Below is a post I did for Digital Pivot. While there is some overlap, this blog tends to get visitors who don’t read Digital Pivot, and I think the question is a valid one for everyone, so I wanted to see if there were some folks here that would comment, too:


1984-coverI’ve had the topic of personal vs. professional online activity come up in Twitter discussions and during presentations to folks wanting to explore social media. It seems that whether we’ve been at this for a while or it’s a strange new playground, none of us are really very comfortable making a decisive argument about how your personal and professional life should or shouldn’t collide via your online activities. (I wonder how George Costanza would survive the Internet!?!)

If I make a bad pun or a risque comment on Twitter, and it’s been known to happen, should that impact how people treat me at work? If a picture of me gets posted on Facebook or Flickr for the world to see and I’m doing something that others wouldn’t agree with, is that a problem for me in a business meeting later? If a blog post I write is written specifically to provoke a discussion but someone who does business with my company disagrees, will that come back to haunt my employer?

David Mullen recently blogged about how teens and twenty-somethings may start to leave Facebook because they’re finding it too creepy to have family members befriending them, among other reasons. But as the comments responding to his blog point out, there isn’t anywhere these folks are going to go where they won’t be facing the same problem. And it’s a problem a lot of us are facing or will face at some point in our careers.

Obviously, if you do something illegal, profane or just plain idiotic and post it for the world to see, then there’s no question you’ll feel the repercussions later. But is the line between personal life and business life now blended so much that it’s becoming imaginary?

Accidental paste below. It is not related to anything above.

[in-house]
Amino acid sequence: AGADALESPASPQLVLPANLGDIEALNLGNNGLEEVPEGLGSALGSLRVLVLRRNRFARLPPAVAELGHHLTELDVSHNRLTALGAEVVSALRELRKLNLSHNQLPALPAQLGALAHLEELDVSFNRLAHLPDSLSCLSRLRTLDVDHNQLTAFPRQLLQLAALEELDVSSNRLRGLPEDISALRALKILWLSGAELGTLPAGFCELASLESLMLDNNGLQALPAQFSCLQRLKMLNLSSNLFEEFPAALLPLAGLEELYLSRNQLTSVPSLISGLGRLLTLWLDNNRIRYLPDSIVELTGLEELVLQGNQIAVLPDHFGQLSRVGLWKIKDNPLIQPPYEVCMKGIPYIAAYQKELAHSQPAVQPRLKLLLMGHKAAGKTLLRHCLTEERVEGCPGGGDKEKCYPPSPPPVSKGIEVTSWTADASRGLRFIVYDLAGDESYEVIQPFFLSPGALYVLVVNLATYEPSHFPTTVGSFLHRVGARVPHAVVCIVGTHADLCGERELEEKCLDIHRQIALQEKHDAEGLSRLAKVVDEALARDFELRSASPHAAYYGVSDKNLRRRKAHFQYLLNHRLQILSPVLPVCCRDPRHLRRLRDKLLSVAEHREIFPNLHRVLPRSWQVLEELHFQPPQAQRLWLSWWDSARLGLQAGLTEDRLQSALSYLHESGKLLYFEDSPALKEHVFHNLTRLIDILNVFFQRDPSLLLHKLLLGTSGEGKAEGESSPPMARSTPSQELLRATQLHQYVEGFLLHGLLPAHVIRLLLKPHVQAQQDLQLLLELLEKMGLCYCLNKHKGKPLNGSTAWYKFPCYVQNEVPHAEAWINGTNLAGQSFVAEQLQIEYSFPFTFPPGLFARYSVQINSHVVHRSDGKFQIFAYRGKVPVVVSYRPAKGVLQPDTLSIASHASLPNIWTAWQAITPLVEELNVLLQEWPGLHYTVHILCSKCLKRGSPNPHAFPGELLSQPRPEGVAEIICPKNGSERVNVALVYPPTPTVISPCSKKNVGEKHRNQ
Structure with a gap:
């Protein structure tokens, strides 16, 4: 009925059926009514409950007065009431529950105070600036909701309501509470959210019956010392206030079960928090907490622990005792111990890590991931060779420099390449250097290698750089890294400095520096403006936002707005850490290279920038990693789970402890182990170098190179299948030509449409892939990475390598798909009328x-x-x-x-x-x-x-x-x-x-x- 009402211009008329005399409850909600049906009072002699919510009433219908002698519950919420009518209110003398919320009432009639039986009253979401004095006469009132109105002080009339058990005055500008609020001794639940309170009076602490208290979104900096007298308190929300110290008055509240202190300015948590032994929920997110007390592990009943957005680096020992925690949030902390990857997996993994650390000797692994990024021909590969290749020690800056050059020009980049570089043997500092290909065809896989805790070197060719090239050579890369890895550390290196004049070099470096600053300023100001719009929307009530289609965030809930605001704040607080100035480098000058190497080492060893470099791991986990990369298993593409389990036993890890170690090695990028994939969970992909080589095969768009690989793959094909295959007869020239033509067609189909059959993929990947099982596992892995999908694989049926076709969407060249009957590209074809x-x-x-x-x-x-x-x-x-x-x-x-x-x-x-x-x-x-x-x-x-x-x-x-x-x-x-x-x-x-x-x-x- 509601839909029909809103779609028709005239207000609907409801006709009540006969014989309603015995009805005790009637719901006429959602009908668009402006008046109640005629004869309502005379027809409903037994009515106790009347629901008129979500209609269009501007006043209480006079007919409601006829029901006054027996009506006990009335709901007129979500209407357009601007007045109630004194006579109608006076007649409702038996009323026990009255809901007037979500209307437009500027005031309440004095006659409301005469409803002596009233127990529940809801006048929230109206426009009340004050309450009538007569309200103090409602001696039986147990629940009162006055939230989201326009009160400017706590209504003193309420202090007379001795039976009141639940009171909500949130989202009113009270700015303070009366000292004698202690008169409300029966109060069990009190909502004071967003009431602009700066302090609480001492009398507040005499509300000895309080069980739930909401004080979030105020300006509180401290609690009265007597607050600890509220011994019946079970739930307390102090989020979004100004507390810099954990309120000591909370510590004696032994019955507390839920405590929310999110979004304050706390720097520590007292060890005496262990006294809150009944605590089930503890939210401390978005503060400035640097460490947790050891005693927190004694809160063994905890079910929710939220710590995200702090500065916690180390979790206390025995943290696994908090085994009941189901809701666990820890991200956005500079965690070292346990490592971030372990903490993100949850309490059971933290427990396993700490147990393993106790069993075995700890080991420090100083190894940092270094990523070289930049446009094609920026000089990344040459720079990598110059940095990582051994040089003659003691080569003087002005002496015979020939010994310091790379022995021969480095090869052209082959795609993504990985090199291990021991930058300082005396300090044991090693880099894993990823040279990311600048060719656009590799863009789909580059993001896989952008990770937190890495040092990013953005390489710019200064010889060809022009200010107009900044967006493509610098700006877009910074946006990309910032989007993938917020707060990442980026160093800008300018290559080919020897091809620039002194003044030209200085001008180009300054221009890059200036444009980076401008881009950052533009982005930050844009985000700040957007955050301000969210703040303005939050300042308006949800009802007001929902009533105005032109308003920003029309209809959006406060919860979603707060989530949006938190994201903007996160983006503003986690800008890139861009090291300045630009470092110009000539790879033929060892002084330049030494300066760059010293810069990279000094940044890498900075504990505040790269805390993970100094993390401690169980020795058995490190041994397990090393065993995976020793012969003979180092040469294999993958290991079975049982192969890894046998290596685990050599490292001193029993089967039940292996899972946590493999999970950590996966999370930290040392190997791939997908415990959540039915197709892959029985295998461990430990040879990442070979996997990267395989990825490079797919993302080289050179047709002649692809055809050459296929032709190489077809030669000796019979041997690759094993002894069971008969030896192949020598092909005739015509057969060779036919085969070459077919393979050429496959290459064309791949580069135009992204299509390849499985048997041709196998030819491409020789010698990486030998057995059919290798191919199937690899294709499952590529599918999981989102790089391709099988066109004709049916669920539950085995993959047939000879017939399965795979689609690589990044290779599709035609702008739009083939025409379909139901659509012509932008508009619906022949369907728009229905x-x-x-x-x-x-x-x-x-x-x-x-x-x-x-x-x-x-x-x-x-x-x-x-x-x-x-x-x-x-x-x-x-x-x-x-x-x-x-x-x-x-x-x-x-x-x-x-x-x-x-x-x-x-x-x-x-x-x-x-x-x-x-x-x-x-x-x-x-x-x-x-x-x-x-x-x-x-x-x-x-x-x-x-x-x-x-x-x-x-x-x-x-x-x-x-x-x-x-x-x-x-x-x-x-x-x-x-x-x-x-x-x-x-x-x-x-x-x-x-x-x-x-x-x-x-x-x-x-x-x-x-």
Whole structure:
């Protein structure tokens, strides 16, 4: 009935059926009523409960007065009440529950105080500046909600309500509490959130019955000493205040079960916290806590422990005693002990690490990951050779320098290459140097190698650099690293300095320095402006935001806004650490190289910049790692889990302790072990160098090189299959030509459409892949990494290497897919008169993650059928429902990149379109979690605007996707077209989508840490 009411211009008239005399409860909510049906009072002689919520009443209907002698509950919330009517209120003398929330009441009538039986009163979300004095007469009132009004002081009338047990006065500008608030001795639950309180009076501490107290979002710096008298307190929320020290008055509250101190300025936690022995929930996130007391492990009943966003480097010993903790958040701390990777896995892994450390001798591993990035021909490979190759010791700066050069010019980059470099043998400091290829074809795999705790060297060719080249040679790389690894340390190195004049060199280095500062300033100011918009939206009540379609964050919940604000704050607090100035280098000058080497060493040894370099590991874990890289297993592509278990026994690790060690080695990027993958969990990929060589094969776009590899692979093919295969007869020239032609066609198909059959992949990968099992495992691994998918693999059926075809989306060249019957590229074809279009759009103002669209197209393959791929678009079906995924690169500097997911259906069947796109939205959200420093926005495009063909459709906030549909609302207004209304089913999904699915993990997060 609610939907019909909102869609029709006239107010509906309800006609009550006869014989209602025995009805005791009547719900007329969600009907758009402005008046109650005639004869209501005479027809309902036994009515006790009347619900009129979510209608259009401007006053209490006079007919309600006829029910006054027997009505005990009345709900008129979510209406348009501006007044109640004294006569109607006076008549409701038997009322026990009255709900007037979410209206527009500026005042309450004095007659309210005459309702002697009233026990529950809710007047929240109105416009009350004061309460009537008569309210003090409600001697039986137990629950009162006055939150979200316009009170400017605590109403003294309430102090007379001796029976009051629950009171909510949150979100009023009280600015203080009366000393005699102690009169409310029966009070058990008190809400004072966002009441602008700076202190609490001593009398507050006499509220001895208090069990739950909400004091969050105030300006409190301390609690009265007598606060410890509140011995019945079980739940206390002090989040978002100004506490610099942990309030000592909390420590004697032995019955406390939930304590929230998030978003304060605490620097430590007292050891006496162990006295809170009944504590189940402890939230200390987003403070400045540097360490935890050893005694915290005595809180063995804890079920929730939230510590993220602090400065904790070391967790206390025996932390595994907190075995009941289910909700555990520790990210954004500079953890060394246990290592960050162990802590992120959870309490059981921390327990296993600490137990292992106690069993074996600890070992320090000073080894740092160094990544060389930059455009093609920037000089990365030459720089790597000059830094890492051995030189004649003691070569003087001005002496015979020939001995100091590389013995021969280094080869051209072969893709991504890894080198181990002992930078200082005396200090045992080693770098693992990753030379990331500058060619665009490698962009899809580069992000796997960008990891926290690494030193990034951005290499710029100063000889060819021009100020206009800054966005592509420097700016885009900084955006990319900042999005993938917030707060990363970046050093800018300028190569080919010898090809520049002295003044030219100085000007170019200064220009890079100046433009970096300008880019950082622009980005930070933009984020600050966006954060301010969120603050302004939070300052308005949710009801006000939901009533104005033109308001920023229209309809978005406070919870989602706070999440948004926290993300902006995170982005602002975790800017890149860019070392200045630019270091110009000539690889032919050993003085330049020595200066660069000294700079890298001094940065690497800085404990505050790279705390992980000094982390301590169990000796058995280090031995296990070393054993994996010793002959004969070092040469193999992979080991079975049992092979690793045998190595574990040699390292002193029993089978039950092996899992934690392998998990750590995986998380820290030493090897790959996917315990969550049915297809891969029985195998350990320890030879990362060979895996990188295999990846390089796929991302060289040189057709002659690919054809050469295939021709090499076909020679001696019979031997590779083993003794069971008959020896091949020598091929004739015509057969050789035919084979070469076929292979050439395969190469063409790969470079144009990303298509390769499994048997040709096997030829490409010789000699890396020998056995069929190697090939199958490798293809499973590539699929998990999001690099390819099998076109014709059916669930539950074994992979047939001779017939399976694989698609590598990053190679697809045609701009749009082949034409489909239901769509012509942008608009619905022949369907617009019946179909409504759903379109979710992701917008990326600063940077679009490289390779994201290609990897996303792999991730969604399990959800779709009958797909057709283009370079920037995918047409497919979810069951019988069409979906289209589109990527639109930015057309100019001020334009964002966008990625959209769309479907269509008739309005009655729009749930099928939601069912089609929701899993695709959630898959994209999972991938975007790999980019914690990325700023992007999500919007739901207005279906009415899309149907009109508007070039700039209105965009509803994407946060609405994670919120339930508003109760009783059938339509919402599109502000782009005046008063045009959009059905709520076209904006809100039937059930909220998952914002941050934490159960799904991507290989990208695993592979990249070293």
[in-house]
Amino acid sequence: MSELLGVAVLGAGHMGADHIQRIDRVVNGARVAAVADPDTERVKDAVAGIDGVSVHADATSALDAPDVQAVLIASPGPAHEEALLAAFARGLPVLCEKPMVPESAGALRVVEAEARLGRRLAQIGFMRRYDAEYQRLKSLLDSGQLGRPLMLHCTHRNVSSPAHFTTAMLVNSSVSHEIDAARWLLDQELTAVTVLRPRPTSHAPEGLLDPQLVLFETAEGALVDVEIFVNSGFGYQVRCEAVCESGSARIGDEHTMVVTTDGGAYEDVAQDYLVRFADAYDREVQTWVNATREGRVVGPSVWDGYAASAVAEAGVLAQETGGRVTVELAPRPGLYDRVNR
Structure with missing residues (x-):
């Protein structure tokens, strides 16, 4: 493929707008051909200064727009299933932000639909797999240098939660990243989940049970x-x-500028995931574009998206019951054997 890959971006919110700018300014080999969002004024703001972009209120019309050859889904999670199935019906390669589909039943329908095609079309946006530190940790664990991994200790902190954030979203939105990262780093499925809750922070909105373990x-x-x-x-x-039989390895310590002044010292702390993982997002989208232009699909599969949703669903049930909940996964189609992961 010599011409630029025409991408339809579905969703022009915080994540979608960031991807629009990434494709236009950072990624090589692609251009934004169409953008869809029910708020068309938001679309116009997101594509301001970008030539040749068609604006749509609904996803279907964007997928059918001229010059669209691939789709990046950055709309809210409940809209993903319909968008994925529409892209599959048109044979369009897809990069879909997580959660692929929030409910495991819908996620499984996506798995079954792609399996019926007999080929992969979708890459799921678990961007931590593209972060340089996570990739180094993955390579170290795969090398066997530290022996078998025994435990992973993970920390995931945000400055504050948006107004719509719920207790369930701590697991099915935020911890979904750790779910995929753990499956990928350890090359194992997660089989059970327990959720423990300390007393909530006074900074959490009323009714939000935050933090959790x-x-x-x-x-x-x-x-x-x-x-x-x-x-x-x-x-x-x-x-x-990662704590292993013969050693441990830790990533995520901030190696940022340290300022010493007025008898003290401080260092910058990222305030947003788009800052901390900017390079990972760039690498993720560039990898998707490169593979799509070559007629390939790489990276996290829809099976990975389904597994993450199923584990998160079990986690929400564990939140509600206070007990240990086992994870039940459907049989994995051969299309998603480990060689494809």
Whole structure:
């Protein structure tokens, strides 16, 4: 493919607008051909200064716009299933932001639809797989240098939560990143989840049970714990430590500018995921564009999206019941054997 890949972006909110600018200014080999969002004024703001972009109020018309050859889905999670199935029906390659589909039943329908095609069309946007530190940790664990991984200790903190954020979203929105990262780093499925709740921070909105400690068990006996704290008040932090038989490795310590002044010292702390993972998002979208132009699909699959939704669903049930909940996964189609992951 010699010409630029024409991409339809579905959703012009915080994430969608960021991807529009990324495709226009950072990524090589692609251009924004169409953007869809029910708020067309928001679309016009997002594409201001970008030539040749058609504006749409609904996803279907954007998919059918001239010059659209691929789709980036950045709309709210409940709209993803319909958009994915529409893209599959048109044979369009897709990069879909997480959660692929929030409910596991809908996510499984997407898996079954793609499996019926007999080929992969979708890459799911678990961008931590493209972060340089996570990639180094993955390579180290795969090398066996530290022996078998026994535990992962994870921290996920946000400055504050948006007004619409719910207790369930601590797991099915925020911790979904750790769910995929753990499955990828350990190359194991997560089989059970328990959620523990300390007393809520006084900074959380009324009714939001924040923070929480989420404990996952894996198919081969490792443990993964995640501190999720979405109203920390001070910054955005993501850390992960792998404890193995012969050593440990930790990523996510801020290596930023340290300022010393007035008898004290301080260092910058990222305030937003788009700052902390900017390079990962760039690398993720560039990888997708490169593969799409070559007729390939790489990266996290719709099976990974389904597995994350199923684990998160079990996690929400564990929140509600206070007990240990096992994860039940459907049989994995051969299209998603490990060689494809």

What should we be telling people looking to join us in the online universe? Is this like Big Brother watching everything we’re doing, only we’re some sort of insane masochists who volunteer to be watched?

How do we caution them about the downside without scaring them off? Should we be scaring them just enough that they think twice before posting something — or maybe even three times? Or does that defeat the whole point of the instant communication, instant reaction, instant gratification world of Web 2.0 that so many of us find attractive?

Please offer your opinions below — don’t make me write something provocative just to elicit a response. My boss might not like it.  😉

Maybe you can’t go home again

mottLet’s face it, Facebook is an amazing thing. The ability of a social networking site to bring people together is incredible. Being able to reconnect with old friends and colleagues, and to become more closely connected with new friends and colleagues is a great thing.

But there’s also a bit of Facebook that makes me think the adage, “You can’t go home again” is true. I’ve reconnected with a few high school classmates, some former colleagues and friends who, at the time, I never thought I’d lose touch with, but did.